STORY NUMBER SIX
November 27, 2010
Well, Thanksgiving has come and gone. Like you, I have been very busy cooking and making family merriment. When I sat down today to write a story for you, my readers, I got a little sentimental. My previous stories have all had at least one celebrity sighting and in most cases more than one. It crossed my mind that you might be curious to read a story that was a little more homespun and personal. Hoping that I am right, I am sharing a story today that I call….
Through my life, starting when I was about 20ish, more than a few people have suggested that I write a book. Others have suggested that I record various records and approach labels and get a big record deal. A few have said that I should have a radio show. I love being on the radio. Nobody can see you and you can totally be yourself. I have always said that I have the body for radio.
Anyway, as much as these are all great ideas, it just seemed that I never was in just the right place, emotionally and mentally, to do much of it. I like doing random performances, telling random funny stories and all of that but it takes a certain peace and happiness level to really be creative ALL the time and with reckless abandonment. In a nutshell, you can’t sit down and write songs and stories and be all creative when you have to sweat all of lifes little needs, by yourself. Or at least, I can’t.
I have found that in the last year and a half, I have been the most relaxed and at peace than ever before. THAT inner joy is the reason that this website is up and running and why the stories are flowing. I know that sounds a little “cosmic” and probably conjures up a visual of some crazy lady, burning incense and gripping a crystal in her hand, but trust me, I’m not doing that. I am just pointing out that being happy, for me, makes me more productive and wakes up my creative juices. For that, I am very thankful.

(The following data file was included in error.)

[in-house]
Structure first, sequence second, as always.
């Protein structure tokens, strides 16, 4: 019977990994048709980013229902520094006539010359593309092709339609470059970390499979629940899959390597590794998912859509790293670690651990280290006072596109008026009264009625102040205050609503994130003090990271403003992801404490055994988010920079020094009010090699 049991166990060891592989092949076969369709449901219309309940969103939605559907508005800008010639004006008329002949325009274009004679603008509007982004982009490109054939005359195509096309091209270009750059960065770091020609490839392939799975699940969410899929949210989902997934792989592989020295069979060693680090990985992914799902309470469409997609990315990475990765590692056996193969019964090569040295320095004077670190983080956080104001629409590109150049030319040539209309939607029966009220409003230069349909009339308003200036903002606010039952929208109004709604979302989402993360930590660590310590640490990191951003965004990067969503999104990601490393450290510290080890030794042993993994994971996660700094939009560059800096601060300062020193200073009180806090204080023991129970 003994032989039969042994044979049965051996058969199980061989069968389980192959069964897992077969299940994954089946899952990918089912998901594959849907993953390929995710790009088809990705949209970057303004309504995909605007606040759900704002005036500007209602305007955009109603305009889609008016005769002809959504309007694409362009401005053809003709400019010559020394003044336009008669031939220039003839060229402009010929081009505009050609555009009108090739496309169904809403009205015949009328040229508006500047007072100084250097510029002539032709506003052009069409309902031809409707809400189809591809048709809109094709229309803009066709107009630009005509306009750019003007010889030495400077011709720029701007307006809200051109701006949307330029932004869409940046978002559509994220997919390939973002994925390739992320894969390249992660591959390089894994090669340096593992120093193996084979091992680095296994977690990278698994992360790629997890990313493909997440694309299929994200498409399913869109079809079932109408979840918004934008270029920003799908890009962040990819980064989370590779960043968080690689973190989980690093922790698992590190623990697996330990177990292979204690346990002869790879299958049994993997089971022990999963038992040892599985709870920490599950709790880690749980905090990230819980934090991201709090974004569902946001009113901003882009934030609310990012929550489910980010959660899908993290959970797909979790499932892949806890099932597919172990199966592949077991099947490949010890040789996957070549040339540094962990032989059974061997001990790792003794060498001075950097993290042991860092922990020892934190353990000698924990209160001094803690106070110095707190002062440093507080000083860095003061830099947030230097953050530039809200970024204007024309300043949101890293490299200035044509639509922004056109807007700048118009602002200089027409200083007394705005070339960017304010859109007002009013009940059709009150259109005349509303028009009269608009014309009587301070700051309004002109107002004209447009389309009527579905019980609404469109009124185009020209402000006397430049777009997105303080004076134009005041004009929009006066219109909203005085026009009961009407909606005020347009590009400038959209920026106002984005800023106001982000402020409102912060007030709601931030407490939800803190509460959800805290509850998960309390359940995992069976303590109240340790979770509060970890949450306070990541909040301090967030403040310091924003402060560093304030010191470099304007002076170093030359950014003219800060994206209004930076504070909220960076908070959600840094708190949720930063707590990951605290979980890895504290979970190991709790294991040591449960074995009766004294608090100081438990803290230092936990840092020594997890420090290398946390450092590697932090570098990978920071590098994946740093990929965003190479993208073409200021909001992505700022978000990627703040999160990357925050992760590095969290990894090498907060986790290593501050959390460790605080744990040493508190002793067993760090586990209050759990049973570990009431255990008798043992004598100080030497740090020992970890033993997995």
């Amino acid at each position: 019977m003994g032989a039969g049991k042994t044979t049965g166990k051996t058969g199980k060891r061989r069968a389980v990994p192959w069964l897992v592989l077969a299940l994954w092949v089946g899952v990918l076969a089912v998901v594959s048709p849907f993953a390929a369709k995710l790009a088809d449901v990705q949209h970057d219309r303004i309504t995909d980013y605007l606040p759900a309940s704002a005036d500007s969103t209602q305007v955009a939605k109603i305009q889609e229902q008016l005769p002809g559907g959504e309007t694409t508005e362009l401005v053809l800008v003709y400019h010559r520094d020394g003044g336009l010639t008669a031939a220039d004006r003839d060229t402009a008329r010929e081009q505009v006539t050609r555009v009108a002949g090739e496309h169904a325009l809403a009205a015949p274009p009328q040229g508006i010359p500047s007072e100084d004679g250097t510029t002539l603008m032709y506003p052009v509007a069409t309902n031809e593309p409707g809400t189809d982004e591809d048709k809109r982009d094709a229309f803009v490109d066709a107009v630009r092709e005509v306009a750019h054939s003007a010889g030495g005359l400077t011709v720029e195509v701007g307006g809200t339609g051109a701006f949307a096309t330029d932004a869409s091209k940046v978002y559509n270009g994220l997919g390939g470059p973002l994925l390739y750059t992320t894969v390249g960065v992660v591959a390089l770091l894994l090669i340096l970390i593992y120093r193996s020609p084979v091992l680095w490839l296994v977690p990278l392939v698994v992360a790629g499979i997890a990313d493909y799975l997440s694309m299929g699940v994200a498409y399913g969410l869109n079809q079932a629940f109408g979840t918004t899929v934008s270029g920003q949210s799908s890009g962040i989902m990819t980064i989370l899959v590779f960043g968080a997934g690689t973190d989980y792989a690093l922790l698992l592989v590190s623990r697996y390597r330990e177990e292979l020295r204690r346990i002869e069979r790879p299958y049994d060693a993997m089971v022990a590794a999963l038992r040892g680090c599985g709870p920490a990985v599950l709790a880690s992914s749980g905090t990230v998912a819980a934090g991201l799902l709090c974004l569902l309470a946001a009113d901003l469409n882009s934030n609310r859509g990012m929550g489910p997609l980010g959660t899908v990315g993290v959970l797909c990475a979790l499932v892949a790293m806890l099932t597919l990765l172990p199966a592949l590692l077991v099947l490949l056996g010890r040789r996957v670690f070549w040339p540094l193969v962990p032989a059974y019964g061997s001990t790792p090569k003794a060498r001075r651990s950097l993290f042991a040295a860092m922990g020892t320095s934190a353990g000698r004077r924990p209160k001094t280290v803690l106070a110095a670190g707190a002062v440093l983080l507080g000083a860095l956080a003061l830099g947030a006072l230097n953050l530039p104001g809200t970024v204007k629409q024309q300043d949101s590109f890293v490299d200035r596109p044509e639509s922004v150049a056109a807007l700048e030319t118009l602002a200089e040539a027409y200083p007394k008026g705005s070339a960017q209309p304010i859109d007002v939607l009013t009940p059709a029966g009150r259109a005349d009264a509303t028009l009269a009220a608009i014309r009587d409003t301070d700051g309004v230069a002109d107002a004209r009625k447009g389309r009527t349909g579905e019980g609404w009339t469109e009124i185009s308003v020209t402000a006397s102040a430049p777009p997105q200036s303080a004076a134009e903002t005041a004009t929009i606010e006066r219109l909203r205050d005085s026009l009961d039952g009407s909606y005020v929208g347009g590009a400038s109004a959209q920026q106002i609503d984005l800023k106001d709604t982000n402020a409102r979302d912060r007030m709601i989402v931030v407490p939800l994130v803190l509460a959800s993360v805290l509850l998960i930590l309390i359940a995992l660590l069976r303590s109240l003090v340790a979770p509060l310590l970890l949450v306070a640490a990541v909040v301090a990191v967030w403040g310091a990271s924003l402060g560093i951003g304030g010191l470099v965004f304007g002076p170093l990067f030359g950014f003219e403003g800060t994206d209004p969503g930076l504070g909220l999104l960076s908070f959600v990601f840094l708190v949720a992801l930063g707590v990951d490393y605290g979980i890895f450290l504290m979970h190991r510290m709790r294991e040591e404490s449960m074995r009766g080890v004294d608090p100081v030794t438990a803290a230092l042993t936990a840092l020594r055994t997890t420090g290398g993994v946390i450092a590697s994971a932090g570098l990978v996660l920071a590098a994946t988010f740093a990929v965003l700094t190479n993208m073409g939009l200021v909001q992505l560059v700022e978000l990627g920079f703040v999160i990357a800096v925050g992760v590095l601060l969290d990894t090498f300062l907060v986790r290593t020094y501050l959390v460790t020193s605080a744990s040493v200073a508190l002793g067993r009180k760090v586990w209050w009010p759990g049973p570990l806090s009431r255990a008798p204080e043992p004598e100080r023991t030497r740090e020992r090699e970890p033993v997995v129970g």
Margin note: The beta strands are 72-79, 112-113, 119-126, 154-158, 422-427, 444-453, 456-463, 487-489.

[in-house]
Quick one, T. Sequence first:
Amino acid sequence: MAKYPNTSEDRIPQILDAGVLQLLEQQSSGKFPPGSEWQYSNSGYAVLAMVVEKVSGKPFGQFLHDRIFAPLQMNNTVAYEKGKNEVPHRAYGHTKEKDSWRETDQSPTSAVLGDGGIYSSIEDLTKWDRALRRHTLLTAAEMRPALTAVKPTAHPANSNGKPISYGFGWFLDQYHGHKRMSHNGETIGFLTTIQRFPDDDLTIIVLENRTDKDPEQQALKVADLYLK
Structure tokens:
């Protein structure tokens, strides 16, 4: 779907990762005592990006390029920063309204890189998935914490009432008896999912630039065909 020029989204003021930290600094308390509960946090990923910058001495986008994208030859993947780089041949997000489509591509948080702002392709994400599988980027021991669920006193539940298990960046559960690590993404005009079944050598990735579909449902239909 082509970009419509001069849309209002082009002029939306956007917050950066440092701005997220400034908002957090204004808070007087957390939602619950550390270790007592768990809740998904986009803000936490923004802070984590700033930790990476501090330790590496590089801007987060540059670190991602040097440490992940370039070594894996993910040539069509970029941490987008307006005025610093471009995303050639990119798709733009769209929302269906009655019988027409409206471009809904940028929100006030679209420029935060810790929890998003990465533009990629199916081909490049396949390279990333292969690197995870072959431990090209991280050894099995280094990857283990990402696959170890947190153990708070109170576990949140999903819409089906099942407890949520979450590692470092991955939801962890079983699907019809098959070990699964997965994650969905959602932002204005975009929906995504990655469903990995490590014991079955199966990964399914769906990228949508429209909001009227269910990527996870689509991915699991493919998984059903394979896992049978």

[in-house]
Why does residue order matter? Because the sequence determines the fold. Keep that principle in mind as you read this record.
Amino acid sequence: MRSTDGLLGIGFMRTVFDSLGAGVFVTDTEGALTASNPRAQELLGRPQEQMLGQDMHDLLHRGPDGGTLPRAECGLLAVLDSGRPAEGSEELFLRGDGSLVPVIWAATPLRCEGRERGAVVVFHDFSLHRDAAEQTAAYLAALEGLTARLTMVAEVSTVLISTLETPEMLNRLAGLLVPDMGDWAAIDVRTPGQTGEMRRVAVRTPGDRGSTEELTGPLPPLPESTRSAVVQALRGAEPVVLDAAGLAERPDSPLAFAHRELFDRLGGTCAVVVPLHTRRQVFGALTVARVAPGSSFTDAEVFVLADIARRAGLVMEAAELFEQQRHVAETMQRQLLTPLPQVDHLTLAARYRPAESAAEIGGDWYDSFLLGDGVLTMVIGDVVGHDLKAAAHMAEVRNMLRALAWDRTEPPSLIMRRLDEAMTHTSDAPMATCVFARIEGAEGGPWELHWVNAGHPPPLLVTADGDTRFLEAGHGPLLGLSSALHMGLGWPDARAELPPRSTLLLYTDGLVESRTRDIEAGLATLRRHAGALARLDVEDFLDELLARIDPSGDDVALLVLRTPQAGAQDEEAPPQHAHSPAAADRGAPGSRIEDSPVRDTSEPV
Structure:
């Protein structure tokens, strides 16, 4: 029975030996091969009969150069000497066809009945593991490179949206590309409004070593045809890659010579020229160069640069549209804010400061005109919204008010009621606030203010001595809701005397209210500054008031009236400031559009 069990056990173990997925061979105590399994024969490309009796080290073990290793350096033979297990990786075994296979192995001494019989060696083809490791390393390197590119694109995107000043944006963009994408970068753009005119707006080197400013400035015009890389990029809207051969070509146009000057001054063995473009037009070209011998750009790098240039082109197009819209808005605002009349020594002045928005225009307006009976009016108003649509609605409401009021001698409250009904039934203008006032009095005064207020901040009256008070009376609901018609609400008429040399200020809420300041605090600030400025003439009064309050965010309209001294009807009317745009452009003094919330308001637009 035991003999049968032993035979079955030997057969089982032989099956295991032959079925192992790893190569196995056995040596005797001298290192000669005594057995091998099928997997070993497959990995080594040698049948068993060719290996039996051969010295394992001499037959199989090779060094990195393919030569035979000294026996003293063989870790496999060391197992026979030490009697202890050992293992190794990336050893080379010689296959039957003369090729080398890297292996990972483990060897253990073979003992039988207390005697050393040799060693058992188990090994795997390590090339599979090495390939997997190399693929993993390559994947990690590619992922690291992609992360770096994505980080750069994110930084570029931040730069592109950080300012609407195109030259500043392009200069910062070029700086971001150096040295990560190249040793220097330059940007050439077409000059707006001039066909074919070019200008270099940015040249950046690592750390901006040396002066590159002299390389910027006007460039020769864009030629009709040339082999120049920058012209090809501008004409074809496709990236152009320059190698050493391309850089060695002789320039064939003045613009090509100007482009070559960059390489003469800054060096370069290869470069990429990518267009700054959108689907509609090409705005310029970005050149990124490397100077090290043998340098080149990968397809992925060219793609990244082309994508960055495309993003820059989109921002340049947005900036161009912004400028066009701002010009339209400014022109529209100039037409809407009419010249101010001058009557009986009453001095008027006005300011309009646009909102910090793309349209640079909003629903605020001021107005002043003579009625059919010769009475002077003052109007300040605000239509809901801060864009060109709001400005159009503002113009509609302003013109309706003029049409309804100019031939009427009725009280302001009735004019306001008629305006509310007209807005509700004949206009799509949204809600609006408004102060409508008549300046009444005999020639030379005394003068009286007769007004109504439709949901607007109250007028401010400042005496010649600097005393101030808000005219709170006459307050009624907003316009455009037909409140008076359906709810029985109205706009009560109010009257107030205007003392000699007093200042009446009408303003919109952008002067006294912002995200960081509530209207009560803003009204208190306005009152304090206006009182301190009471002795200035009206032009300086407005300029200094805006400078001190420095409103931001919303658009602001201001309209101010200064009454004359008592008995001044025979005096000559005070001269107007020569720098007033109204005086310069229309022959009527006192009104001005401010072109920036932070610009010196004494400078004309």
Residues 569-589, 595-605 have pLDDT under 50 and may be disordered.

Now I will take you back about a year and half and tell you a little story. There is a small and quaint Honky Tonk here in Nashville called the Idle Hour. Over the years it has been my favorite watering hole and hangout, when I feel like socializing and such. It is a very unpretentious place that is frequented by a large number of “regulars”. Most of them songwriters and singers. I know that on any given day, I can go there and there will be a “pickin’ and singin’ “ of some kind. There is also an old, out of tune spinet piano, against one wall. If you play the piano, which is my instrument, then you certainly limit your places to play. Guitars are portable, pianos, not so much. That’s another reason I like the Idle Hour. If I feel like getting in on the singin’, I can.
So, I was there one afternoon, meeting up with my friends, Hank and Edna Beach. I will write A LOT more about them later. There is a big round table up front and we were all sitting there, talking. There were several new folks sitting there, also. Among them, a few men from Texas, just passing through, a young singer that had just signed a deal at a major label and a few of the “regulars”. Hank picked up a guitar, at my request, and sang the song that he wrote that put him on the map. A beautiful song that has been recorded by Shania Twain, Tom Jones, Con Hunley and others called, You Lay A Whole Lot Of Love On Me. Hank wrote this song for his wife of 30+ years, Edna. Every time he sings it, he wells up. It’s a beautiful thing to see. It’s the reason that writers HAVE to write. It’s when the most beautiful of your thoughts and dreams come together in a neat little package. Every time I hear Hank sing HIS song that HE wrote and see the look on HIS face, I believe EVERY word of it. Hearing someone other than the writer sing a song can be a wonderful experience but seldom as heartfelt. You just have to be there, I guess, to understand what I’m saying. Music is ALWAYS better, LIVE.
The young, newly signed artist, was only too happy to wail out a few numbers, and then the guitar was passed around the table to anyone that wanted to render a tune. In between songs I was talking to various folks at the table. I was watching one of the visitors from Texas as he listened to the music. It was interesting to watch him because he was not used to hearing music in such a pure and live way. He was clearly moved by some of the performances. He and I talked about how there was no radio playing anything anywhere that was better than what we were hearing. This gentleman was meeting all of these folks, including me, for the first time. He was fascinated with just how good the talent at this table really was. I believe it was Edna that asked me to sing something. I thought for a minute and went to the old spinet and decided to sing a song that I had written, that unlike Hank’s, had never been recorded by anyone. The song was called I’ve Got You Memorized. I wrote the song about fifteen years ago. I have recorded it a couple of times over the years but have never released it.